The only problem with our list of Top 100 Courses in the World? It can’t include all the courses we love! That’s the problem with any list, I guess. When an exciting new course makes the list, another beloved beauty falls off. It’s a zero-sum game, and it’s a responsibility our raters do not take lightly.
Knowing the release of the Top 100 Courses in the World was coming, I gave Architecture Editor Ran Morrissett a call. Sure, I wanted to hear more about the courses that had cracked the list. But I wanted to hear about those just on the outside looking in, too. How much “worse” is the course at No. 105 compared to No. 95? Just a whisker. Here are a few of note from the next 25 courses on our panel’s list.
Machrihanish has the dubious honor of first course out. The entrancing Old Tom Morris design in remote Scotland was ranked No. 93 in the most recent previous list, but slipped just far enough to be the No. 1 seed in the Best of the Rest. Machrihanish boasts one of the most dramatic opening tee shots in the world — what’s cooler than driving over a beach?! — and its spot on the Kintyre Peninsula guarantees you’ll play it in the elements. (Whether you go for the haggis nachos is up to you.)
“Firm playing conditions and great interior green contours are two cornerstones for inclusion in the World Top 100,” Morrissett said. “Two links that epitomize those fundamentals are Machrihanish and Royal Cinque Ports [another near-miss].”
Sounds like there’s hope that Machrihanish could work its way back inside that coveted 100 number next time around.
New England’s gem
“Boston has been the scene of a lot of history, some of it even non-golf!” Morrissett added. He’s probably being tongue-in-cheek, but you never know. To Ran, Paul Revere’s ride may have been better spent surveying new potential linksland. Anyway, he wanted to highlight Essex County, an early Donald Ross masterpiece in Manchester-by-the-Sea (yes, the place from the dreary, wonderful Casey Affleck movie) on Massachusetts’ North Shore.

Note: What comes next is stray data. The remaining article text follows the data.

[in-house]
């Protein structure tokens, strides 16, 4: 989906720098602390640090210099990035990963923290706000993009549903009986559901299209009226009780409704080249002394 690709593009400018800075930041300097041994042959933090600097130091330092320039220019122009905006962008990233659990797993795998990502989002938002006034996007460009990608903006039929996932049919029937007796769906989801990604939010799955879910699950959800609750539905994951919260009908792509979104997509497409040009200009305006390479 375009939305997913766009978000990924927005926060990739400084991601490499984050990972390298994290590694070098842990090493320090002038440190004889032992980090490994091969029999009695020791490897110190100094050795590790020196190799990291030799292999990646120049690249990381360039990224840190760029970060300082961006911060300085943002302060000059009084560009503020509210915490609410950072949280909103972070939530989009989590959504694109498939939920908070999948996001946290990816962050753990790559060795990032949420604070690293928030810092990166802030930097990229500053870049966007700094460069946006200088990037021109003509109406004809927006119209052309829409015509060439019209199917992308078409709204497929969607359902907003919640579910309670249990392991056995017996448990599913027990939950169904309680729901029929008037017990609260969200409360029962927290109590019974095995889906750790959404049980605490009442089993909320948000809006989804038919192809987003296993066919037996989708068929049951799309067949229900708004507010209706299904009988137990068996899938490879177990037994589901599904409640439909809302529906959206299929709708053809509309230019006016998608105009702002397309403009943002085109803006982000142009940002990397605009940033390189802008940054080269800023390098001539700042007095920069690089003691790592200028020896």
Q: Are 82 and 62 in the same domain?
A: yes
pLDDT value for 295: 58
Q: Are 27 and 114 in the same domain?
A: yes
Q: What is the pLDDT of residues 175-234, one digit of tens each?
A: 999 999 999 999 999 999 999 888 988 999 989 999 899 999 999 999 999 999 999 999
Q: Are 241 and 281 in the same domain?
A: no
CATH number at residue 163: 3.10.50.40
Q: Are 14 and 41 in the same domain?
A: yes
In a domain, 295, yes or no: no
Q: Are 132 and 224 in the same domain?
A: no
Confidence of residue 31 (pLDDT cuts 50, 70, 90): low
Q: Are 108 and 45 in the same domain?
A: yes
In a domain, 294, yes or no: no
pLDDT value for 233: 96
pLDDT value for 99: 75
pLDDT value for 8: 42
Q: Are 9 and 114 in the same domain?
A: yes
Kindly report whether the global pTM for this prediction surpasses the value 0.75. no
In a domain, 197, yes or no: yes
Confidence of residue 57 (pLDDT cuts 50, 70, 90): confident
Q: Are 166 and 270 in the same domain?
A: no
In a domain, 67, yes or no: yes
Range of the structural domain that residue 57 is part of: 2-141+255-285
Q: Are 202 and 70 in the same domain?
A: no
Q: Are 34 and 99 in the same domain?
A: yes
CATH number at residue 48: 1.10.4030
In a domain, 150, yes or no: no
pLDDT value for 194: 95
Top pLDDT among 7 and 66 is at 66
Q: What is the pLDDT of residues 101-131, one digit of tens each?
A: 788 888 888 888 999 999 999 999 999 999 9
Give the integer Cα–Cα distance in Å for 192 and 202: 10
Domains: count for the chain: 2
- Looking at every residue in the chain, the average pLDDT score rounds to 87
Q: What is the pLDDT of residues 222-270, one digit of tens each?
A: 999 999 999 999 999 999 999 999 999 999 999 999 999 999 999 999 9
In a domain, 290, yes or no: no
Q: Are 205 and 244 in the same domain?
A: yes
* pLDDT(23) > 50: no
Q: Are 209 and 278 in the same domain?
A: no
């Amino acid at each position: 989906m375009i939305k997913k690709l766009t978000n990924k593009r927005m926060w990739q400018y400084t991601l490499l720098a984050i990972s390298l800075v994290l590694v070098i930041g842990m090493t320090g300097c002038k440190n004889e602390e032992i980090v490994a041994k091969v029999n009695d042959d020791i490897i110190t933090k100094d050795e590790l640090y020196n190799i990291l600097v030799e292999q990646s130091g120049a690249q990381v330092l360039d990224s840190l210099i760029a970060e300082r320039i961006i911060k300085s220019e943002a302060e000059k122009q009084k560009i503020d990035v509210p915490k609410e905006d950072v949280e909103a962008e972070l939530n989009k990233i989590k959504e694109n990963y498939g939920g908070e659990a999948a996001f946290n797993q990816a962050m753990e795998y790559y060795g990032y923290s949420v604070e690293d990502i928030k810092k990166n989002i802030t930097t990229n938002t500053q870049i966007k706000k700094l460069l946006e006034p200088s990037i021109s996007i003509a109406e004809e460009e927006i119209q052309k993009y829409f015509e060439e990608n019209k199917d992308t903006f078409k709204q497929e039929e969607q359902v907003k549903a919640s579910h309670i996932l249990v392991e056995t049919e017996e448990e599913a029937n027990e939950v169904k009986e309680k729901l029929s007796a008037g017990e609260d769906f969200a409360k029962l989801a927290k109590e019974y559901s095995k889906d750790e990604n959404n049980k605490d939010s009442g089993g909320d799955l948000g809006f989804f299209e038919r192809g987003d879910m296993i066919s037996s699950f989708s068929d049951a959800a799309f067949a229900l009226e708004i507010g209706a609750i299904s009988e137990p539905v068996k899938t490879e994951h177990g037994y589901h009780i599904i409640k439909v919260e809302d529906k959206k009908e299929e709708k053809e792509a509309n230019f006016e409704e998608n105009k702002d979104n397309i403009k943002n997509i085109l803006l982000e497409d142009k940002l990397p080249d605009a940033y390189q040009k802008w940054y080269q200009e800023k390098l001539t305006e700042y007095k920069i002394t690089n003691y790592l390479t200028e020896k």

“Essex County in the northern suburbs was home to both the Curtis sisters (a Cup is now played that bears their name) as well as Donald Ross. Some contend its back nine is the best side in New England.”
One more for South Korea?
South Cape Owners Club is an ultra-luxe resort course on the southern tip of the Korean Peninsula that earned the description of “18 holes worth of joyful assaults on the senses” in a recent GOLF Magazine article.
“South Cape enjoys a devoted following, propelled in part by a dazzling set of one-shot holes,” Morrissett said, referring to the breathtaking seaside par-3s. “Should it make it, the course would join Nine Bridges as South Korea’s second course to feature.”
The course, which opened in 2013, was designed by Kyle Phillips and features one of the most breathtaking clubhouses in all of golf. Top 100 Clubhouses — that’s one list that South Cape would headline, no questions asked.
Coore and Crenshaw
They could call ’em More and Crenshaw, amiright? Bill Coore and Ben Crenshaw, the dynamic duo of modern course architecture, have four courses on the list but were darn close to adding two more. Lost Farms and Old Sandwich are just off the list.
Barnbougle’s Lost Farms course was No. 89 in our last ranking and would surprise nobody with a reappearance on a future list, given its dramatic dunescape.
And Old Sandwich, just off Cape Cod in Massachusetts, brings an old-school feel to a newish course in a seasoned corner of the golfing country.
Victoria Golf Club just missed the top 100, which would be an impressive feat in most golfing neighborhoods. But for better or worse Victoria is just a short drive from Royal Melbourne’s East and West courses as well as Kingston Heath.
“Michael Clayton’s 25 years of work has Victoria knocking on the door to become the fourth course in Melbourne’s famed Sandbelt to make our World Top 100,” Morrissett concluded.
In two years, we’ll see if those knocking on the door have been let in — and which others are oh-so-close.